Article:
stewardship

37 Lose job – keep house

Let’s continue Tuesday’s discussion around “you lose your job, you lose your house.” Obviously, I was looking for better than that: namely, that everyone keeps an appropriate dwelling regardless of employment vagaries. That is practical stability. Housing swaps occur when the job moves too far away to commute. Otherwise, keep doing what works; stay with the house. When asked how we pay for this, I propose having all of us pay for it. Think “happy family.” After all, we are discussing neighborhoods, and neighbors appropriately help each other. In the Tuesday post, the terms “large scale” and “aggregate” indicate the …

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36 Silo worlds

Individual worlds of our own creation vary according to our perceptions and experiences. Unresolved differences leave our planet inhabited by a large collection of separated silo worlds. For example, the current market system couples individual occupation to individual housing; you lose your job, you lose your house. The virus pandemic is straining that model: when through no human fault people can’t go to work, why should that cause a devastating crash in the housing system, putting property at risk of not being maintained? The previous article called for “brand-new thoughts,” inviting a kinder, gentler world. Today’s shifting socio-economic terrain is …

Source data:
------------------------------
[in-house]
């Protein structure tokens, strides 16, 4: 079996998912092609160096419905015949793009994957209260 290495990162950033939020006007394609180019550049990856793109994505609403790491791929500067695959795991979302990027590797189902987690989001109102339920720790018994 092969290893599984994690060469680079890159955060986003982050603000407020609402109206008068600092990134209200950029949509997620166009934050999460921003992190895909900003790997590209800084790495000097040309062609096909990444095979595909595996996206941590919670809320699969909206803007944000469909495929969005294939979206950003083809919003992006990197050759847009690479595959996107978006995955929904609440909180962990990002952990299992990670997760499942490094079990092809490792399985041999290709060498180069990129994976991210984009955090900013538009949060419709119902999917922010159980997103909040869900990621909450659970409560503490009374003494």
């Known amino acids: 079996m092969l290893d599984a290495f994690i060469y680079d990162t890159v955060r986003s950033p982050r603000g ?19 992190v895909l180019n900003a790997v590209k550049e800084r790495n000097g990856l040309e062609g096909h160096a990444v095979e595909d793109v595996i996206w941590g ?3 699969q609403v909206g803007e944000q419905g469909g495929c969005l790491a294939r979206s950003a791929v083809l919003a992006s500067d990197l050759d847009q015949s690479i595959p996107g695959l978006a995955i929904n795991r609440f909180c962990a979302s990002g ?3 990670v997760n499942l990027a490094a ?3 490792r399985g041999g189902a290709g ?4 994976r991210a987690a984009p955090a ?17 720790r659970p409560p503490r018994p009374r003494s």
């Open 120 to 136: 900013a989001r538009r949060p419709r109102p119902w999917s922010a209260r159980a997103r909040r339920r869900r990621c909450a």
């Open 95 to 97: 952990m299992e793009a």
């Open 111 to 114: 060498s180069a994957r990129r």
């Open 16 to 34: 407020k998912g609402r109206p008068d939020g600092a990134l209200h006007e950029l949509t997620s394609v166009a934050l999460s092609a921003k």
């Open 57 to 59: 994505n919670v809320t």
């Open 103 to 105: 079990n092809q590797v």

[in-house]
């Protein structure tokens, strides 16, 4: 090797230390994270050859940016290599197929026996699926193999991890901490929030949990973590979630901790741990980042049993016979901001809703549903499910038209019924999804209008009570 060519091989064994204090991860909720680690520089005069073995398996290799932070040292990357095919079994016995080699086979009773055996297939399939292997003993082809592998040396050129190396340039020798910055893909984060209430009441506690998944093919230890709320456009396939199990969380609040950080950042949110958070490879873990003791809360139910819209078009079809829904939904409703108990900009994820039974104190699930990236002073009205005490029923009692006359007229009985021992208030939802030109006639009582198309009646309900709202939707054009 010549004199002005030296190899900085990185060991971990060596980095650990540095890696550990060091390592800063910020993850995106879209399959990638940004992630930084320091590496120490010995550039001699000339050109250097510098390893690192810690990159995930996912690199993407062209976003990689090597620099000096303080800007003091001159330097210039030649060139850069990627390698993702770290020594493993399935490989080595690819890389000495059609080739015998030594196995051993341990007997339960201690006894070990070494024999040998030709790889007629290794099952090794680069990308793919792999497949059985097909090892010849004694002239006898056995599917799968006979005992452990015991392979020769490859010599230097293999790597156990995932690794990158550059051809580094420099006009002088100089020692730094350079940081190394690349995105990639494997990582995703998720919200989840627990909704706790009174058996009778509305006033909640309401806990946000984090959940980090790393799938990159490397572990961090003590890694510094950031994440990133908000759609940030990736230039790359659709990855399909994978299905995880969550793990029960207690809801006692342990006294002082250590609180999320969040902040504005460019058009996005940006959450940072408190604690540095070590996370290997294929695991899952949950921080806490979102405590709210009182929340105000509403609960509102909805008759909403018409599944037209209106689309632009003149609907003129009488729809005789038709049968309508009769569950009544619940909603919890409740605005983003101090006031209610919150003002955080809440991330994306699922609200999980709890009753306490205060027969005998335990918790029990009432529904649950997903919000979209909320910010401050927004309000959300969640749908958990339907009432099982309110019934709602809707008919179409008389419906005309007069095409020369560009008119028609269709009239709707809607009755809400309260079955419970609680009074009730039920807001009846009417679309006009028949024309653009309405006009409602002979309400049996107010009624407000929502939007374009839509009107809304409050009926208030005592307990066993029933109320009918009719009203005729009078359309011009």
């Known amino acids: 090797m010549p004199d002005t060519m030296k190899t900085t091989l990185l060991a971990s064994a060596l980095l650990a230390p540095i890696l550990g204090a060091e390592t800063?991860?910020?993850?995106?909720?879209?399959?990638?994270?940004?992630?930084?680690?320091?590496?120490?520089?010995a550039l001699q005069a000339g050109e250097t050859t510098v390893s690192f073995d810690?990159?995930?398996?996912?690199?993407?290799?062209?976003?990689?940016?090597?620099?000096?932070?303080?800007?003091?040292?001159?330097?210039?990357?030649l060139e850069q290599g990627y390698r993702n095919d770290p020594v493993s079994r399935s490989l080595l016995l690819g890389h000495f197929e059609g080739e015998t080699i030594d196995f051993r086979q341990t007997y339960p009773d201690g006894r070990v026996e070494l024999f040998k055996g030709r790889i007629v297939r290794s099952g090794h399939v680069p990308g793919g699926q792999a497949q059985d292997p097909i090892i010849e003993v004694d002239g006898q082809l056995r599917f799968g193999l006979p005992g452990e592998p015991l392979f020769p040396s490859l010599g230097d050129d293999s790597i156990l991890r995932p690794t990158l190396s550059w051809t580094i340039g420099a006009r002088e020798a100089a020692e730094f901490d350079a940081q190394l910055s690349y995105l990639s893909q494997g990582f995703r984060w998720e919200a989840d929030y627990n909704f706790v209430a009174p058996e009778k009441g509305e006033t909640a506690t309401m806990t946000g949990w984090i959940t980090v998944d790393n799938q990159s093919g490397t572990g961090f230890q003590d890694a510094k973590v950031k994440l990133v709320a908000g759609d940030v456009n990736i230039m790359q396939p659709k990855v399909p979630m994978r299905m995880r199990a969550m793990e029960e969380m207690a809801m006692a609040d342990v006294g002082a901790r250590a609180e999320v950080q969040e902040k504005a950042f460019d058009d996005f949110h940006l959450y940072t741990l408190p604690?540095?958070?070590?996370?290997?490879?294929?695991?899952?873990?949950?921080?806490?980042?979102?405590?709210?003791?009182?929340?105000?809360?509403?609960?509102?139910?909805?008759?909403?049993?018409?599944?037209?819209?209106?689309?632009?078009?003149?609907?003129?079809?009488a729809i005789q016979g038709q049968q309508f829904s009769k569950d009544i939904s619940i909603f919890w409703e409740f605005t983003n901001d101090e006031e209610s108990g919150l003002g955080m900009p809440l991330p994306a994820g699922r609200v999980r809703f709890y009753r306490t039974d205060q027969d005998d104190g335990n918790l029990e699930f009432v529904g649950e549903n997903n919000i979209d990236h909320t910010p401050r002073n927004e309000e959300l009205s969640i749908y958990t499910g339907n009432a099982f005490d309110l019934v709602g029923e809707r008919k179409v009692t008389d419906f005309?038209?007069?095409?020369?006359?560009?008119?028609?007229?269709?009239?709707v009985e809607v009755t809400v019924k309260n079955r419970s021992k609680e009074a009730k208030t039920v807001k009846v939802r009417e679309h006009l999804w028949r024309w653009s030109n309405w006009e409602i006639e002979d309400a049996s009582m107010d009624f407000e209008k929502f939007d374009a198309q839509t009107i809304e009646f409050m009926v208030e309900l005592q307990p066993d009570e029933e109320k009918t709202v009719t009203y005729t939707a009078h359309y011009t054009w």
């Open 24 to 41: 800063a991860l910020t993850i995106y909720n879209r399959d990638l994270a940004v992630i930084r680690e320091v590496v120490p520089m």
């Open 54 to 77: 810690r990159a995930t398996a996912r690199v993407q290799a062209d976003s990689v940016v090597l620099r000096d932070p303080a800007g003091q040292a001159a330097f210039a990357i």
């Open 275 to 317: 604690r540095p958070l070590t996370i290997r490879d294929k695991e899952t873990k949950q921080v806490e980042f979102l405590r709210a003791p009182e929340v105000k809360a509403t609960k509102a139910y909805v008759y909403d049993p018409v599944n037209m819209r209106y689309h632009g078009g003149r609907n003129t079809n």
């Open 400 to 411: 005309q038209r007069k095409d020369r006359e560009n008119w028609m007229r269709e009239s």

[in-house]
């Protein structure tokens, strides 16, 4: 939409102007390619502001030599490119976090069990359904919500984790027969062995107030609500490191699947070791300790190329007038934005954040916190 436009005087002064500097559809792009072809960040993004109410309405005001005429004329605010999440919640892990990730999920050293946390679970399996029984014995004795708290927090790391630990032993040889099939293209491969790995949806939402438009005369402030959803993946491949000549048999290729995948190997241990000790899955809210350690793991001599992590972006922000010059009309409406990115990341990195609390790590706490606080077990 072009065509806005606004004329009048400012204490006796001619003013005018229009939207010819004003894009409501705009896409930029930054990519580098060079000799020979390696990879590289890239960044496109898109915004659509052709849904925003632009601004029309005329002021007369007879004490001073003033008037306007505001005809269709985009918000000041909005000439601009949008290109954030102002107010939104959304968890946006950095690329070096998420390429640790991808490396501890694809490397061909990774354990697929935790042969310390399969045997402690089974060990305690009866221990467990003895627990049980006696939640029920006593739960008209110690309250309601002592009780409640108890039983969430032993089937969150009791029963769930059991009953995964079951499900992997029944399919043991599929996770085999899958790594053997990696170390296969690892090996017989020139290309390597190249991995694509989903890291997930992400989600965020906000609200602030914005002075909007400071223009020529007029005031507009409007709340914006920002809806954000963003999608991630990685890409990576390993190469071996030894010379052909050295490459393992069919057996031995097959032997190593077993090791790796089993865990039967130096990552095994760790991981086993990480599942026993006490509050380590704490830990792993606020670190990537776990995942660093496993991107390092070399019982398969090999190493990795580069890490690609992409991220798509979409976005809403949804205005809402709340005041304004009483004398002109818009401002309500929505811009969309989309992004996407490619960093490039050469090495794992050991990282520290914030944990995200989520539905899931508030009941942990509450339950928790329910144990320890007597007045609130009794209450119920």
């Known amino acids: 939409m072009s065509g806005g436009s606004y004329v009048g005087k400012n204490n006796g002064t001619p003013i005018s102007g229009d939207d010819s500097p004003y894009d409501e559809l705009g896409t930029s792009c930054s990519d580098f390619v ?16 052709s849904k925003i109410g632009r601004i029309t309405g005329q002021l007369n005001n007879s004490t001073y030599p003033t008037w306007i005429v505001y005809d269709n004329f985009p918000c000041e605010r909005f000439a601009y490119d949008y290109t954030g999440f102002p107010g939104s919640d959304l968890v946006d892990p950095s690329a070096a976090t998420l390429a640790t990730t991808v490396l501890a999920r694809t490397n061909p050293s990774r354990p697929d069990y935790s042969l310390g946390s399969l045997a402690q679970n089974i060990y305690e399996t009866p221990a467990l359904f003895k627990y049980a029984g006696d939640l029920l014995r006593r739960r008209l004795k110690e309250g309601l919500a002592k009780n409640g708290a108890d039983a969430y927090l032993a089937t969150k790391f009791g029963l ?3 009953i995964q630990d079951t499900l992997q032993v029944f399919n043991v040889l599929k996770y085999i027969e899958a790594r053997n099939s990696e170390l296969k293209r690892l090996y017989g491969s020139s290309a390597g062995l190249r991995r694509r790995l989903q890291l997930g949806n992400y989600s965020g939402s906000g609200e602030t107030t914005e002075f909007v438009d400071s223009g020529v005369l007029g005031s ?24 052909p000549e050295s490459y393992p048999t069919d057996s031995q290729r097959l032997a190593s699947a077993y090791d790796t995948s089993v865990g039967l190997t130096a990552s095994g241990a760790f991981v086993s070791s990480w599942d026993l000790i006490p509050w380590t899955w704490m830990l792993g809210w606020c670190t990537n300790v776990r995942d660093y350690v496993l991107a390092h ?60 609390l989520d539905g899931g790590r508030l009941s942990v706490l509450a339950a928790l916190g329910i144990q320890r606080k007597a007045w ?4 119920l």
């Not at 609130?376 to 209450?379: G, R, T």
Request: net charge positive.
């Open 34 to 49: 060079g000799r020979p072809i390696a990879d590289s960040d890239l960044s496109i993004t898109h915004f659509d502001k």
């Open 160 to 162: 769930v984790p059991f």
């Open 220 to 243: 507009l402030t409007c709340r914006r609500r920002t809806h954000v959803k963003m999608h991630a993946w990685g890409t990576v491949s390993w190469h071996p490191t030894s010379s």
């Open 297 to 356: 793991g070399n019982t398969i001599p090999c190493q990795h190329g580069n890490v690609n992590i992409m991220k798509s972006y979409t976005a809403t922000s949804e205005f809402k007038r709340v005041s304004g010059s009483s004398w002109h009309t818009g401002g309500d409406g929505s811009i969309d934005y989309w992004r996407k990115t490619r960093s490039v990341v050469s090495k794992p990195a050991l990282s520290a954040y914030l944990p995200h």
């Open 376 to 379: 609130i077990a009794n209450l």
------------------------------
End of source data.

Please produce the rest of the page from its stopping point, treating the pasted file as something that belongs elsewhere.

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22 Rising above altruism

On one level, the word altruism is the empty set.  It has a definition but contains no elements.  Why no substance?  Psychological hedonism teaches that selfless concern for others gives satisfaction, which is a selfish reward.  (Nothing is completely selfless.)  To avoid circular reasoning, let us rephrase the question.  We ask merely whether an action is beneficial.  There is no need to isolate a beneficiary or to define “selfish” by distinguishing self from others. Self-oriented passages of the Old Testament are isolationist and genocidal, separating “us” from “them” (the group level of “self” and “non-self”).  On the other hand, some …

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